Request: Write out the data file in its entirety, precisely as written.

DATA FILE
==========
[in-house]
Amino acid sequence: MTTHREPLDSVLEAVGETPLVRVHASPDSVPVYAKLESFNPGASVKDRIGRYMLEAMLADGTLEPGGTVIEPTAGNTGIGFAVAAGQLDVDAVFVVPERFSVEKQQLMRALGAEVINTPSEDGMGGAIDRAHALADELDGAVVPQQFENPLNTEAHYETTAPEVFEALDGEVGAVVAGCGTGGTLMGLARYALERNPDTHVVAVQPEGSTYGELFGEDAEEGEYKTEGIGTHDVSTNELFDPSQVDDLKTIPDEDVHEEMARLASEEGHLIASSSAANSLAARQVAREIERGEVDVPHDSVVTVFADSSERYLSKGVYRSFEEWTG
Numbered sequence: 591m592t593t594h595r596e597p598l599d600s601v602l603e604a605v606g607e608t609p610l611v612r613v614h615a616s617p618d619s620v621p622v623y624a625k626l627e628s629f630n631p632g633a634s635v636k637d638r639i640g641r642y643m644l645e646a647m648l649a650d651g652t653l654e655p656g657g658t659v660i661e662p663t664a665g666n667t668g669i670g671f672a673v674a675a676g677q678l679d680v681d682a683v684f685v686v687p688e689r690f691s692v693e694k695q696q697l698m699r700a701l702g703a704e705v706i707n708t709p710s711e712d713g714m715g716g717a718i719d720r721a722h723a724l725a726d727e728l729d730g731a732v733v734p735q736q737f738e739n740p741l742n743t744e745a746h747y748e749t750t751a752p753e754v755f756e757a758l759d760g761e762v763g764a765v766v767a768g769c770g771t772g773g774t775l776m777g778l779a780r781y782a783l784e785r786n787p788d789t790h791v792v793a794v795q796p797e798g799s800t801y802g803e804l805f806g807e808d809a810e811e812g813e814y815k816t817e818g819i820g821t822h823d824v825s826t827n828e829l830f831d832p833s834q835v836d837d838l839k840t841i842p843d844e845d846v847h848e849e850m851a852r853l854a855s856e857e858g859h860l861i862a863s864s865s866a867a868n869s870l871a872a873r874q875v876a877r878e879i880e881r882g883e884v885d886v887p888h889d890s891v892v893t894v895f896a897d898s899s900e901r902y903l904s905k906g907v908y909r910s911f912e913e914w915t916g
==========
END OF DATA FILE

[in-house]
Amino acid sequence: MTTHREPLDSVLEAVGETPLVRVHASPDSVPVYAKLESFNPGASVKDRIGRYMLEAMLADGTLEPGGTVIEPTAGNTGIGFAVAAGQLDVDAVFVVPERFSVEKQQLMRALGAEVINTPSEDGMGGAIDRAHALADELDGAVVPQQFENPLNTEAHYETTAPEVFEALDGEVGAVVAGCGTGGTLMGLARYALERNPDTHVVAVQPEGSTYGELFGEDAEEGEYKTEGIGTHDVSTNELFDPSQVDDLKTIPDEDVHEEMARLASEEGHLIASSSAANSLAARQVAREIERGEVDVPHDSVVTVFADSSERYLSKGVYRSFEEWTG
Numbered sequence: 591m592t593t594h595r596e597p598l599d600s601v602l603e604a605v606g607e608t609p610l611v612r613v614h615a616s617p618d619s620v621p622v623y624a625k626l627e628s629f630n631p632g633a634s635v636k637d638r639i640g641r642y643m644l645e646a647m648l649a650d651g652t653l654e655p656g657g658t659v660i661e662p663t664a665g666n667t668g669i670g671f672a673v674a675a676g677q678l679d680v681d682a683v684f685v686v687p688e689r690f691s692v693e694k695q696q697l698m699r700a701l702g703a704e705v706i707n708t709p710s711e712d713g714m715g716g717a718i719d720r721a722h723a724l725a726d727e728l729d730g731a732v733v734p735q736q737f738e739n740p741l742n743t744e745a746h747y748e749t750t751a752p753e754v755f756e757a758l759d760g761e762v763g764a765v766v767a768g769c770g771t772g773g774t775l776m777g778l779a780r781y782a783l784e785r786n787p788d789t790h791v792v793a794v795q796p797e798g799s800t801y802g803e804l805f806g807e808d809a810e811e812g813e814y815k816t817e818g819i820g821t822h823d824v825s826t827n828e829l830f831d832p833s834q835v836d837d838l839k840t841i842p843d844e845d846v847h848e849e850m851a852r853l854a855s856e857e858g859h860l861i862a863s864s865s866a867a868n869s870l871a872a873r874q875v876a877r878e879i880e881r882g883e884v885d886v887p888h889d890s891v892v893t894v895f896a897d898s899s900e901r902y903l904s905k906g907v908y909r910s911f912e913e914w915t916g